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Crit Care Resusc. 2009 Jun;11(2):110-5.

Development of a physical function outcome measure (PFIT) and a pilot exercise training protocol for use in intensive care.

Author information

1
Department of Physiotherapy, Austin Hospital, Melbourne, VIC. elizabeth.skinner@austin.org.au

Abstract

OBJECTIVE:

To develop an outcome measure as a basis for prescribing and evaluating rehabilitation in the critically ill, and to measure its reliability and responsiveness to change. The study also aimed to assess the feasibility and safety of a pilot exercise training protocol in an intensive care unit.

METHODS:

We developed a battery of tests (the Physical Function ICU Test [PFIT]) to measure endurance, strength, cardiovascular capacity and functional level. Patients with a tracheostomy who were mechanically ventilated were recruited from a medical-surgical ICU and respiratory weaning unit at a tertiary referral hospital in Melbourne, Victoria, between 2003 and 2005. Patients underwent a pilot exercise training protocol and performed the PFIT when able to stand, and again after weaning from ventilation.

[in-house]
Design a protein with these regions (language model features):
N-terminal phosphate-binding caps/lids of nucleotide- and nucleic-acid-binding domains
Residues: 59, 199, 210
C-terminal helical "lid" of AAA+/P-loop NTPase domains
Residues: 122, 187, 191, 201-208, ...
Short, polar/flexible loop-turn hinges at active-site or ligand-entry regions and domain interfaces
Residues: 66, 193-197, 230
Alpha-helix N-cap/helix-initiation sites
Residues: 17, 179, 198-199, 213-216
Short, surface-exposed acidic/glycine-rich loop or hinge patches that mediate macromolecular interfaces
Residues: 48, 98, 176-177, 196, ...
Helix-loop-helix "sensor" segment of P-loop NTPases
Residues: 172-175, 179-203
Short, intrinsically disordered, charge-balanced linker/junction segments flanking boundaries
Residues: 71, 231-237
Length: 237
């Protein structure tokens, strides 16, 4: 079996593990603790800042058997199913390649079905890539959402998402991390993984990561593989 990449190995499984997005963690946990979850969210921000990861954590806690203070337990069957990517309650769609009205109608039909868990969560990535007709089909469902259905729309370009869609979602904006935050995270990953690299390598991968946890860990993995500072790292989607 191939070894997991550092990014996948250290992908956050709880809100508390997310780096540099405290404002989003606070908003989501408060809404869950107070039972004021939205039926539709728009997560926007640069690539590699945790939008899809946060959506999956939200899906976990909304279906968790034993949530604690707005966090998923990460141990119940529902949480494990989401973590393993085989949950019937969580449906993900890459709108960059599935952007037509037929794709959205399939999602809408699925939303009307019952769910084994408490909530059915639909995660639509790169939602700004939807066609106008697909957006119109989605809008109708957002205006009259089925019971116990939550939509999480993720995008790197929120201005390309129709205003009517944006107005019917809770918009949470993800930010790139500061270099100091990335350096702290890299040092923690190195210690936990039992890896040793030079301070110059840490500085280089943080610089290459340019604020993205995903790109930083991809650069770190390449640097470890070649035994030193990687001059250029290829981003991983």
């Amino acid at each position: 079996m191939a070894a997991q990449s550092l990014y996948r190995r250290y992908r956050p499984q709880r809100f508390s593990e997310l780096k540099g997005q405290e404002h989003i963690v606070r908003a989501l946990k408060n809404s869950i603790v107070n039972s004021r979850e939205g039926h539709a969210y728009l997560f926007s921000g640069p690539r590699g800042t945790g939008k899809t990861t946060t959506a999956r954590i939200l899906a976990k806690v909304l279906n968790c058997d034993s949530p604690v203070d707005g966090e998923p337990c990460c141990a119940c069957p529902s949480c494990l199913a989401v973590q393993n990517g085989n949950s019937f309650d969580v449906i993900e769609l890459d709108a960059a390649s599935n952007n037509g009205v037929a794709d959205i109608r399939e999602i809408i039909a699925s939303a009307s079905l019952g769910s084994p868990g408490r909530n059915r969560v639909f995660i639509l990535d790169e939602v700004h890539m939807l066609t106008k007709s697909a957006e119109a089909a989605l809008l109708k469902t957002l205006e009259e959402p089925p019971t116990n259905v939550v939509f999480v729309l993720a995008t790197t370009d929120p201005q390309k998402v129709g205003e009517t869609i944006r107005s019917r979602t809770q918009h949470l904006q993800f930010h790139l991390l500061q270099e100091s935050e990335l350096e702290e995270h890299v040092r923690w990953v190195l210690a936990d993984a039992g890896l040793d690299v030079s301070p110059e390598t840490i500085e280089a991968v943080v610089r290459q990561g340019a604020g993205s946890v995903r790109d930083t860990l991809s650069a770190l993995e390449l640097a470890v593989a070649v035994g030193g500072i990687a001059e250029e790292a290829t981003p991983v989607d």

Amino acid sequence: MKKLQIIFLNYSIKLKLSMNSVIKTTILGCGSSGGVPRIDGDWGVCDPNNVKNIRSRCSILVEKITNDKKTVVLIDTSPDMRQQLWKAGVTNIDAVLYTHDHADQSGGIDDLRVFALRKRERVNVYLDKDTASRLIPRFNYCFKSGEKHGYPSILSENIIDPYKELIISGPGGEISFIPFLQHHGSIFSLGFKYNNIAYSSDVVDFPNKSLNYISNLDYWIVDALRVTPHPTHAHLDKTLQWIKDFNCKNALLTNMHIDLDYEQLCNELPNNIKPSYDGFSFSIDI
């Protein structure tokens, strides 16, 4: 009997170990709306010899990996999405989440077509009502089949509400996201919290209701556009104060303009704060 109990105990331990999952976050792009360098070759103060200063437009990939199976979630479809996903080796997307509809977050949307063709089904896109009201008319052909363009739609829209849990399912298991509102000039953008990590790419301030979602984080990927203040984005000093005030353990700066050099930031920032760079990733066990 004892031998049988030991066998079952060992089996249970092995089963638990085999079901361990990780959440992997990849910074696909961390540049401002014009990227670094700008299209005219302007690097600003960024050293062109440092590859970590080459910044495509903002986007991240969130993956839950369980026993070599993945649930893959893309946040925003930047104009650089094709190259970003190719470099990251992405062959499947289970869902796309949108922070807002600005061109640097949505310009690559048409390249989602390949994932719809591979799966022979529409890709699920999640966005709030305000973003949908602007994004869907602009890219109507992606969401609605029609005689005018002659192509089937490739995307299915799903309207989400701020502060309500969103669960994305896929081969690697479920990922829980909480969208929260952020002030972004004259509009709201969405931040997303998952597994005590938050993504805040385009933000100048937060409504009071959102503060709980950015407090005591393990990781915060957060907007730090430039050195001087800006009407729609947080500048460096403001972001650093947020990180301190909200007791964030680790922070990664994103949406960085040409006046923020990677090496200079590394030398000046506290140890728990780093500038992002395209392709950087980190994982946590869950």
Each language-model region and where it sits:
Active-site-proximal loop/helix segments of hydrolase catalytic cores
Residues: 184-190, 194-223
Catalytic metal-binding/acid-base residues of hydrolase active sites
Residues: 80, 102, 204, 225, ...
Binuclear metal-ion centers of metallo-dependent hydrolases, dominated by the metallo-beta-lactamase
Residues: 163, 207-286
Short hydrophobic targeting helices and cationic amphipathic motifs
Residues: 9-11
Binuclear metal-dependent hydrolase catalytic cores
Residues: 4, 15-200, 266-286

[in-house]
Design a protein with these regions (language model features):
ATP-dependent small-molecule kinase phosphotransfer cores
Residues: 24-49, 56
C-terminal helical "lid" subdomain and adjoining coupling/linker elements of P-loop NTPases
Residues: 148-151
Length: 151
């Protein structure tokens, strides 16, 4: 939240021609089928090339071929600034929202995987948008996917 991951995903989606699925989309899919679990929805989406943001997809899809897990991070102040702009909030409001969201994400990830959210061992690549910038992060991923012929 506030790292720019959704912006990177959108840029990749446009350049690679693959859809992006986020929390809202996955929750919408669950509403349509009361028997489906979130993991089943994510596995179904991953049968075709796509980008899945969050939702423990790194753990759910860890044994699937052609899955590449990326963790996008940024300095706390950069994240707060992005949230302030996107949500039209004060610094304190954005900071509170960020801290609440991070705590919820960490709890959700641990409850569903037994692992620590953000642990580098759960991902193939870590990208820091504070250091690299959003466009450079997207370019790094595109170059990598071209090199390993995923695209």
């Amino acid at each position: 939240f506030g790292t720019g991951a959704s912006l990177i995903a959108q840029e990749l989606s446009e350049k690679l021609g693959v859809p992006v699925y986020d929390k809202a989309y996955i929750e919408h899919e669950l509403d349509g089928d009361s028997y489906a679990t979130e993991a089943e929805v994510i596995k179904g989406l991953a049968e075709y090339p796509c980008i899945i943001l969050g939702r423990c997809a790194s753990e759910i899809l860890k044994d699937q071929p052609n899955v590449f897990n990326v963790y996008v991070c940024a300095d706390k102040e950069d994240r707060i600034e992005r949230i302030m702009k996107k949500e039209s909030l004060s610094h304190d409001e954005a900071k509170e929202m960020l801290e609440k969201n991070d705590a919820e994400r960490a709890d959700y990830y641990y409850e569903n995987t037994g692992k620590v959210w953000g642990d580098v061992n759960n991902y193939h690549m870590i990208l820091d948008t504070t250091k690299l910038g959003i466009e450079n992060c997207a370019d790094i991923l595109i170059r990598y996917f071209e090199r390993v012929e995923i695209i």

RESULTS:

The PFIT demonstrated good reliability and was responsive to change. Twelve patients completed testing and exercise sessions with no adverse events; 50 of 63 possible training sessions (79%) were delivered. Participants increased the marching on the spot result by a mean difference of 86.3 steps and 56 s (P < 0.05), and the shoulder flexion result by 8 repetitions (P < 0.05). Improvement in function and muscle strength was also observed (P < 0.05). Inter-rater reliability for the PFIT was good (intra-class correlation coefficient, 0.996-1.00).

CONCLUSIONS:

The PFIT is a reliable and responsive outcome measure, and the pilot training protocol was safe and feasible. As exercise may attenuate weakness and functional impairment, the PFIT can be used to prescribe and evaluate exercise and mobilisation. Future research should aim to develop a PFIT score and investigate the ability of the PFIT to predict ICU readmission risk and functional outcome.

PMID:
19485874
[Indexed for MEDLINE]

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